Georgia Stanway (England)
The youngest Lioness has already experienced success with her country, having captained the under-17s to third place at the 2016 European Championship. Stanway also won the silver boot at the Under-20 Women’s World Cup, and only fell short of the top prize by virtue of assists.
The 20-year-old has managed 34 goals in 86 appearances for Manchester City, including an FA Cup final goal at Wembley when West Ham were vanquished 3-0. She also developed a key partnership with forward Nikita Parris which could prove crucial to England’s chances in the competition.
Before Stanway turned professional, she queued up to get her picture taken with now-captain and team-mate Steph Houghton. Now she’ll be lining up alongside her former hero as an equal.
Vivianne Miedema (Holland)
The Dutch id expected to challenge for Golden Boot honours and already has 58 goals in 75 appearances for her country – meaning she’s only two away from being her country’s outright all-time top goalscorer. Vivianne Miedema is 22 years old.
She won the WSL title with Arsenal as part of a Dutch quartet, and with it claimed the PFA Players’ Player of the Year gong alongside compatriot Virgil van Dijk.
Known for her intelligent use of space and devastating goalscoring, Miedema will be a huge threat to defenders in France – and at such a young age, there’s still so much ahead.
Khadija ‘Bunny’ Shaw (Jamaica)
Shaw became the prime reason behind her country making their first ever Women’s World Cup, scoring more goals than any other player in qualification – 19 in only 12 matches across two rounds.
She has overcome far more than most: three of her seven brothers were murdered in Jamaica, and a car accident claimed the life of another. One of her cousins was electrocuted.
The remarkable 22-year-old played for Jamaica’s U15s, U17s and U20s before moving to the USA to play junior college soccer and start a scholarship at the University of Tennessee. She will be vital to her country’s hopes in a nightmare group alongside Brazil, Italy and Australia.
Erin Cuthbert (Scotland)
Scotland forward Cuthbert played a major role in Chelsea’s Champions League semi-final run, scoring a crucial goal against holders Lyon which went on to be voted the best goal of the competition.
The 20-year-old has also become an important asset for her country. Cuthbert netted four goals in qualifying, taking the Scots to top spot and securing their place above favourites Switzerland in Group 2. Last month, she also struck an incredible goal against Jamaica as Scotland beat the Reggae Girlz 3-2 in their final friendly before the World Cup.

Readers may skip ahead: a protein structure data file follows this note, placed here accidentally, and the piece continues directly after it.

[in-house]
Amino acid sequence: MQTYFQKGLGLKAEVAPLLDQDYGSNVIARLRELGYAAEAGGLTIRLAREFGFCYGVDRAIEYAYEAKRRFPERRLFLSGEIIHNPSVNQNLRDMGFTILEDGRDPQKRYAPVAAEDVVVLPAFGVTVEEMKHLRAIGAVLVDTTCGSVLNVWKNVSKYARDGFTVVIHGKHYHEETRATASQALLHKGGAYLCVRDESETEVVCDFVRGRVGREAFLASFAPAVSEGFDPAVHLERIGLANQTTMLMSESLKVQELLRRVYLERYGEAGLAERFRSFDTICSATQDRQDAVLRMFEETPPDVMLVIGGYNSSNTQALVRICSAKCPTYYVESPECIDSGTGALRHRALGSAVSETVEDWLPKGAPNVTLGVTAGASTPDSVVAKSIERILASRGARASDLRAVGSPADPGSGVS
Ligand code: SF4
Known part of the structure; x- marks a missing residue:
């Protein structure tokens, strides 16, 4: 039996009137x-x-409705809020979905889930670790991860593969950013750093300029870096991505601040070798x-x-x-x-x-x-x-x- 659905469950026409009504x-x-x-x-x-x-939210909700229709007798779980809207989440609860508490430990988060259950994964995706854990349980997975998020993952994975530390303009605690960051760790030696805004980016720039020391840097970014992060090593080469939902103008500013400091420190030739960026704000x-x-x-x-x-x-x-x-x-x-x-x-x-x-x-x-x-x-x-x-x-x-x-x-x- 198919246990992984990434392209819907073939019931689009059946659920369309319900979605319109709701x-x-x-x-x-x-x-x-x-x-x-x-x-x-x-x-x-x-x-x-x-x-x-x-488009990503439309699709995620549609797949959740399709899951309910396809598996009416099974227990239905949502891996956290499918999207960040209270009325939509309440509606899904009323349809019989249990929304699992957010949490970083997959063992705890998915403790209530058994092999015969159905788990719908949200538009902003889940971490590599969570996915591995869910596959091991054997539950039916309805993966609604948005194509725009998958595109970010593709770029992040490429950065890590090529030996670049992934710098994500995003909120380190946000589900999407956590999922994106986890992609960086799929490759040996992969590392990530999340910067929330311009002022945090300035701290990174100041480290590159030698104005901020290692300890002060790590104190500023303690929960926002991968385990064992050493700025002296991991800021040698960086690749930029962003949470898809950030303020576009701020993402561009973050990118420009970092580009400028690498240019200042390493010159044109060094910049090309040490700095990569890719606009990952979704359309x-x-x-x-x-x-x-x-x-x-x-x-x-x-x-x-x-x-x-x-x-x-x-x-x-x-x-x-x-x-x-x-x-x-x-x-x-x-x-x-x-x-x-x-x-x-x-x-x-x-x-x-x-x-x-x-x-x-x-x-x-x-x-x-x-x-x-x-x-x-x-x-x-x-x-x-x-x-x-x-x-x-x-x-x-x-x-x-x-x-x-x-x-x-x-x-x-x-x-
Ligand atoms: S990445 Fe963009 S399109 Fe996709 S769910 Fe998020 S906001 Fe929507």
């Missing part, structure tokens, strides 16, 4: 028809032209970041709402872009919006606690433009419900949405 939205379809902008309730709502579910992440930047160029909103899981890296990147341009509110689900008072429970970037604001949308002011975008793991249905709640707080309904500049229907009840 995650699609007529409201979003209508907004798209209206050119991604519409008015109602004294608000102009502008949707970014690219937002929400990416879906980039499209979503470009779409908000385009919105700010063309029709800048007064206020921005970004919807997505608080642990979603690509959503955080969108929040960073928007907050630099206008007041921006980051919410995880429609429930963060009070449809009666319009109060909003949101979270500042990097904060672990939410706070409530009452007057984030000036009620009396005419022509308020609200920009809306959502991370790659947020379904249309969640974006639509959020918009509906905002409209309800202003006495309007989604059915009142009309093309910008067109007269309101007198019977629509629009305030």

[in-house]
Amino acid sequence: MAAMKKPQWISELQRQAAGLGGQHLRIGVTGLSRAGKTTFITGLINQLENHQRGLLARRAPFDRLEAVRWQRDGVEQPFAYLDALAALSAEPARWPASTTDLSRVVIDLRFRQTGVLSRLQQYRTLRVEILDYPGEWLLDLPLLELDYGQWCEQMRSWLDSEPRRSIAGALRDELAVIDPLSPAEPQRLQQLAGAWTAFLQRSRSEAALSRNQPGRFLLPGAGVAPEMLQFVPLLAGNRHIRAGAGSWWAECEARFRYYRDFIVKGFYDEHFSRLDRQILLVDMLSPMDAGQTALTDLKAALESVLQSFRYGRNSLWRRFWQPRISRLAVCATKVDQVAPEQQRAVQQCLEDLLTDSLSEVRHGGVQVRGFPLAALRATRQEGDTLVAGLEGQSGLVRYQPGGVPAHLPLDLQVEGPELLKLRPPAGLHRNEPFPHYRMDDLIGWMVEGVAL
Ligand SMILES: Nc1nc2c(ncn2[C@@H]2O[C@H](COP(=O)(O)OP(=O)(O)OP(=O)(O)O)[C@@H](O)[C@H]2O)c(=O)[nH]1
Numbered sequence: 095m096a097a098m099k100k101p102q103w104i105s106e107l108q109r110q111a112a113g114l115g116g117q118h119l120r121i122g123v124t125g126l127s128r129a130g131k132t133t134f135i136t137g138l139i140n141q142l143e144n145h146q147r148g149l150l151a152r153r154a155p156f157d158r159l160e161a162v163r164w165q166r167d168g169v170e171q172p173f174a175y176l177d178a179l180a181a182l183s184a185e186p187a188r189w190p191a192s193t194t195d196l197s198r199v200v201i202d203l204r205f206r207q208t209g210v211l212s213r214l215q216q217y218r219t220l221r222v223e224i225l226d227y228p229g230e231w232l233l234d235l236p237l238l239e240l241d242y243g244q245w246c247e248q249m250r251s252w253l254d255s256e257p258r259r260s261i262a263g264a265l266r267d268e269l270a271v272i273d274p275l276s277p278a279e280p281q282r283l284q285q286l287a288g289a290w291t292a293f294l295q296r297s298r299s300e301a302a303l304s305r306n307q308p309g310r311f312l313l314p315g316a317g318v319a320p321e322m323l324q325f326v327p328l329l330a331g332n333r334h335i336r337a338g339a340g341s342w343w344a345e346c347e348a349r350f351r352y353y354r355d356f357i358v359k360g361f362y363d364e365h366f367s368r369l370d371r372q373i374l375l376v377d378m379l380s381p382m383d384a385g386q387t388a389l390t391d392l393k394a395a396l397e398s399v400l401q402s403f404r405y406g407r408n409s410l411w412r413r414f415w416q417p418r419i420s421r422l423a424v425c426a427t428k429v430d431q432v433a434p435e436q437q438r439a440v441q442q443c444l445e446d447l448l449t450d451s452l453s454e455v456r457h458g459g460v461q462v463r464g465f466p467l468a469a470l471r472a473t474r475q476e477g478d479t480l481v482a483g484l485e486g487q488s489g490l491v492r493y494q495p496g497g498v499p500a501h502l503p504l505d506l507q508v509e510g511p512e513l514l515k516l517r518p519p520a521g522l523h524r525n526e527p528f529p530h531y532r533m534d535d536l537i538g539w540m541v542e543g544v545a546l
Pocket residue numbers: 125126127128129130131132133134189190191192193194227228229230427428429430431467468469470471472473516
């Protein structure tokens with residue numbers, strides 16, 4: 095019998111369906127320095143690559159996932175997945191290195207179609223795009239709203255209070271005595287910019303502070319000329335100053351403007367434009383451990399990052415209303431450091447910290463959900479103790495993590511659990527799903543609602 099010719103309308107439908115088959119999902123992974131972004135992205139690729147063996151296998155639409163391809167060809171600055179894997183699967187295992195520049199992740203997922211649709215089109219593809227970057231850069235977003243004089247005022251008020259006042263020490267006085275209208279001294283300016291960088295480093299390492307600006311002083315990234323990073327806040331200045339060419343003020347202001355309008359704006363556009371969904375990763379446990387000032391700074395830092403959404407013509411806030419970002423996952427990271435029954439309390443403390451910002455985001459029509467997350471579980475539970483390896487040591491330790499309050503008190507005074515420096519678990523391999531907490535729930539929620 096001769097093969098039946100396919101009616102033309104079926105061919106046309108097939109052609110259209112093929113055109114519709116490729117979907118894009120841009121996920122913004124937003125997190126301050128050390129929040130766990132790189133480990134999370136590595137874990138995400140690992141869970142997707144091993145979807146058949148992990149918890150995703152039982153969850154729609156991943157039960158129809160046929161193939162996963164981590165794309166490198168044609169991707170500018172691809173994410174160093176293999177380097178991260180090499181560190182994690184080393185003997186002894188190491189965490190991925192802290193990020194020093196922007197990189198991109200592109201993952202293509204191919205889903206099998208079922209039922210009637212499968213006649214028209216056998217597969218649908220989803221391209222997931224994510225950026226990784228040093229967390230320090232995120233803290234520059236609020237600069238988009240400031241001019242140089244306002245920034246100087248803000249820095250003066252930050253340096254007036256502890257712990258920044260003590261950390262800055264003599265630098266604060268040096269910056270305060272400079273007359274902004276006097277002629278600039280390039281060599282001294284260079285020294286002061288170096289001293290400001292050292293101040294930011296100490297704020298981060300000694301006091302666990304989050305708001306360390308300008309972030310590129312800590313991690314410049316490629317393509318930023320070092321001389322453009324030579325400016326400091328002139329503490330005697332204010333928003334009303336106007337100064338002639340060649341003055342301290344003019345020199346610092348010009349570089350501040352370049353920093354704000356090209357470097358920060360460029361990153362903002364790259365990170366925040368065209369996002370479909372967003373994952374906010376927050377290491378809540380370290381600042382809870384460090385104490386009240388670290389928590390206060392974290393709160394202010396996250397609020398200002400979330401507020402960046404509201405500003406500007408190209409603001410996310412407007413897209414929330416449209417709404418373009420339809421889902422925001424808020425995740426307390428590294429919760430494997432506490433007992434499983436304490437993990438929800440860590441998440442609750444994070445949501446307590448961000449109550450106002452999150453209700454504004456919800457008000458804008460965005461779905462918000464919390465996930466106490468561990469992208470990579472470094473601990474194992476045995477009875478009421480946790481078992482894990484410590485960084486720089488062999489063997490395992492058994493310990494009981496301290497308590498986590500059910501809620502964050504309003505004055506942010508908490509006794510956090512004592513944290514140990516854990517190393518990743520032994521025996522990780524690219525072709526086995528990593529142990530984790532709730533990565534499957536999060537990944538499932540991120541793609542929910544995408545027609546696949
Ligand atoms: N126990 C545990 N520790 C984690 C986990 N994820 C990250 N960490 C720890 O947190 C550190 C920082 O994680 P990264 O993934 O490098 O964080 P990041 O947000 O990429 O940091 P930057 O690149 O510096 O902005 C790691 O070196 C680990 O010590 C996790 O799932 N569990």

Despite being the youngest member of her country’s squad, Cuthbert could also be one of its most crucial. For a player who has already enjoyed such an incredible year, a fine World Cup could help shape her future.
Patri Guijarro (Spain)
Guijarro only turned 21 last month but has gained vital experience with one of women’s football’s strongest teams in Barcelona. Although she was an unused substitute in the 2019 Women’s Champions League Final, she has played 82 games for the Blaugrana since joining in 2015.
The central midfielder has made an even bigger impact for Spain. La Roja were runners-up at the 2014 U17 World Cup, but went one better at the 2017 U19 Euros – with Golden Boot-winning Guijarro scoring a 90th-minute winner in the final.
Guijarro also won both the Golden Boot and Ball at the U20 World Cup last year, demonstrating her fearsome scoring prowess once more.
Wang Shuang (China)
Shuang is the only player in China’s squad to ply their trade abroad, having joined PSG in August 2018 – but may soon pave the way for others to follow in her footsteps.
She has scored seven goals and carved out eight assists in just 18 appearances since arriving in the French capital, and also became the first Chinese player to score in the Women’s Champions League.
Hailed as the ‘Lady Messi’ back home, Shuang has netted 25 goals for her country – most memorably in a shock 2015 victory against the USA which ended their opponents’ 104-match unbeaten home streak. Oh, and she was also named the 2018 AFC Women’s Player of the Year. Pretty impressive at 24.
Mallory Pugh (United States)
Being part of the best team in the world means it’s sometimes difficult to make a name for yourself. But rising star Pugh has done just that, and is often referred to as one of the quickest players at this World Cup.
At just 21, Pugh has already acquired 53 caps for her country. She was named U.S. Soccer Young Female Athlete of the Year in 2015 and the Gatorade National Female Soccer Player of the Year in 2016.
Whether she starts or claims her place as a first-choice substitute fighting among American greats including Alex Morgan and Lindsey Horan, Pugh remains an exciting player for this competition.
Jun Endo (Japan)
Japan remain strong contenders in the competition, having finished as runners-up in 2015 following victory over England in the semi-finals. Although they have a selection of experienced players in their ranks, including Lyon’s Saki Kumagai and Reign FC defender Rumi Utsugi, the Asian nation are arguably better known for their intriguing collection of youth right now.
Indeed, 14 of Japan’s squad are 23 or under, while their oldest player is 31. Among those developing hotshots is 19-year-old striker Endo, who has shown her potential with three goals in the 2016 U17 World Cup and two more at the U20 edition a year later – a tournament Japan won.
Endo only debuted in February, but could be an intriguing wildcard option off the bench in France.
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